The acting is fine. Stiller and Watts are a believable couple, and Driver sells the weird charm of even the most obnoxious artsy twenty-something. The script is less than fine, but it has its moments. The forty-somethings converse in stageplay dialogue, each line coming on the heels of the last and each line slathered with Character and Meaning. It’s curious, but it’s also—just—fine. It’s as if the movie itself insists on being nothing worth talking about.

That is, until it suddenly says something worthwhile. In an 11th hour twist, Josh finds out that Jamie’s new documentary, a project he worked on, was based on a series of fake setups and outright lies. This realization disturbs Josh so deeply that he decides to confront Jamie in one of the movie’s few good scenes. It not only places Josh’s and Jamie’s ideas of ethics in storytelling at odds with each other, but also cuts between their debate and a speech being made one room over by Josh’s father-in-law, yet another documentarian from another generation. The movie’s a bit of a mess at this point, but it’s an undeniably effective one, at last presenting us with scenes that are about something important. It’s not just about age; it’s about the different generations, different societies, and different values that each of these artists represents.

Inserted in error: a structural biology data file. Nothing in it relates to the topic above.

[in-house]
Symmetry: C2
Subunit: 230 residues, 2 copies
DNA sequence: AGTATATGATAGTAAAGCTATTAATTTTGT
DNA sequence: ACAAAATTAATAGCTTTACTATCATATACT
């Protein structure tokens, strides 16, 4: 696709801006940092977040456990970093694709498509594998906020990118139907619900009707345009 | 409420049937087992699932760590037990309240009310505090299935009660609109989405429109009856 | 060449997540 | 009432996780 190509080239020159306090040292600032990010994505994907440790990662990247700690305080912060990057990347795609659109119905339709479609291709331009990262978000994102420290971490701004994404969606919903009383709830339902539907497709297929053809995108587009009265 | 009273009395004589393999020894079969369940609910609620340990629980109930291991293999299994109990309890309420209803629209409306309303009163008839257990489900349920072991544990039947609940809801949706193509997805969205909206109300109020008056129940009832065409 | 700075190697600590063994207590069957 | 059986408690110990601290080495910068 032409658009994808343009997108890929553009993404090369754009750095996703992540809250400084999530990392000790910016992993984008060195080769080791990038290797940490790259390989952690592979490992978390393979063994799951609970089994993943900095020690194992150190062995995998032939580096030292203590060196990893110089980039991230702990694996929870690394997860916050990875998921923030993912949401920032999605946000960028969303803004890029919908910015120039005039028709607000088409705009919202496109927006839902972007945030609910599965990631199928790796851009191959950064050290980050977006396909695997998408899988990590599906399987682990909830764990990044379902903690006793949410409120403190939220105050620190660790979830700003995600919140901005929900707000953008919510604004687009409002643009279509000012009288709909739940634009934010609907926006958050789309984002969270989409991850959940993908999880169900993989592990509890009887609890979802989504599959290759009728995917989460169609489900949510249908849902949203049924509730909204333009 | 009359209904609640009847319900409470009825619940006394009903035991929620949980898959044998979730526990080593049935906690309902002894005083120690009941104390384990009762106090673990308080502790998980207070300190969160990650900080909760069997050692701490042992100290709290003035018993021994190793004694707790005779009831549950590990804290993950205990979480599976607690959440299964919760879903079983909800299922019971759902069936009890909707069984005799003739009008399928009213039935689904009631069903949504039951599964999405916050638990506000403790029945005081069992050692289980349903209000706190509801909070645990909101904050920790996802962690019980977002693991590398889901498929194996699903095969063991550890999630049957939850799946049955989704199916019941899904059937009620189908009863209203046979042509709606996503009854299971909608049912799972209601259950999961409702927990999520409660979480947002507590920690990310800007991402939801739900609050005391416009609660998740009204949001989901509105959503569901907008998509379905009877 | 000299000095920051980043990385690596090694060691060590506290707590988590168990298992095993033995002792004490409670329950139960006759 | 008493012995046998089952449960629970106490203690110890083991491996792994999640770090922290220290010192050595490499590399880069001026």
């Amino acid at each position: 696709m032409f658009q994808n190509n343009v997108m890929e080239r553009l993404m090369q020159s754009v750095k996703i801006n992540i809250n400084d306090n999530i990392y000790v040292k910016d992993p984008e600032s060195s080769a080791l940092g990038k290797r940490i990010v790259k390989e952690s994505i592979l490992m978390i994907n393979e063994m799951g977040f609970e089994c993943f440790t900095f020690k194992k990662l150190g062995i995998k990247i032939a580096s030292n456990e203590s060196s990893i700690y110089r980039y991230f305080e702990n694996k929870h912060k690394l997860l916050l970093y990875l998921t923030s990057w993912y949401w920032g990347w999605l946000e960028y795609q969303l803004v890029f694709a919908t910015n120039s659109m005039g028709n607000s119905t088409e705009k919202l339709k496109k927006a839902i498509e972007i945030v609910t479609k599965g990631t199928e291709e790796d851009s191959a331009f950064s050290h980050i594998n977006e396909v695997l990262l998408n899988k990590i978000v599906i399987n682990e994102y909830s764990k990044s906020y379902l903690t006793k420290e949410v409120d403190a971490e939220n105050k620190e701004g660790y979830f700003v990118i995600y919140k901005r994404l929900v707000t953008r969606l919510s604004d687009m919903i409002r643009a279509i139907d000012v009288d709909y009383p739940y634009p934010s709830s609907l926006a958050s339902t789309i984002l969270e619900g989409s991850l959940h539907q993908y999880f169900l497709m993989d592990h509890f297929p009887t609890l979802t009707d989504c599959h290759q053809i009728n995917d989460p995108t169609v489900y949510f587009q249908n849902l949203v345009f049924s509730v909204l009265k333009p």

Why, then, have the previous 75 minutes at all? The one prerequisite of this section is that Josh needed to trust Jamie, so, sure, the whole movie up to that point is setting us up for a deeper exploration of authenticity, truth, and self by having them come together in a way that signals the importance of such themes. That wasn’t the right part to pad out, though, to get the whole up to feature length. What we get is twenty good minutes prefaced by over an hour of fluff that can only look embarrassingly unimportant in retrospect. It is an even greater disappointment that Jaime and Josh’s wives, Cornelia and Darby, only exist to make the movie’s lesser section feel less lonely. By the time the real story kicks in, they’ve basically disappeared from a movie which had previously put in the effort to, at least, share the screen time.

There’s a good short sitting at the end of While We’re Young, but it’s not good enough to justify watching the weak feature-length lead-in. There’s simply not enough time to set any aside for the average or the OK, and as a whole that is lesser than the sum of its parts, While We’re Young doesn’t even get there. Yes, old people and young people are oh so different, but Baumbach doesn’t seem like the one to tell that story, smart as he is.

While We’re Young is playing now in select theaters.

Post By Yen Nguyen (13 Posts)

Deadshirt contributing writer. Went to college a while ago. Somewhat of an actor. Writes some, arts some – thinks way too much, though. Absolutely unmarketable.

Website: → The Gentleman's Guide to Pantomime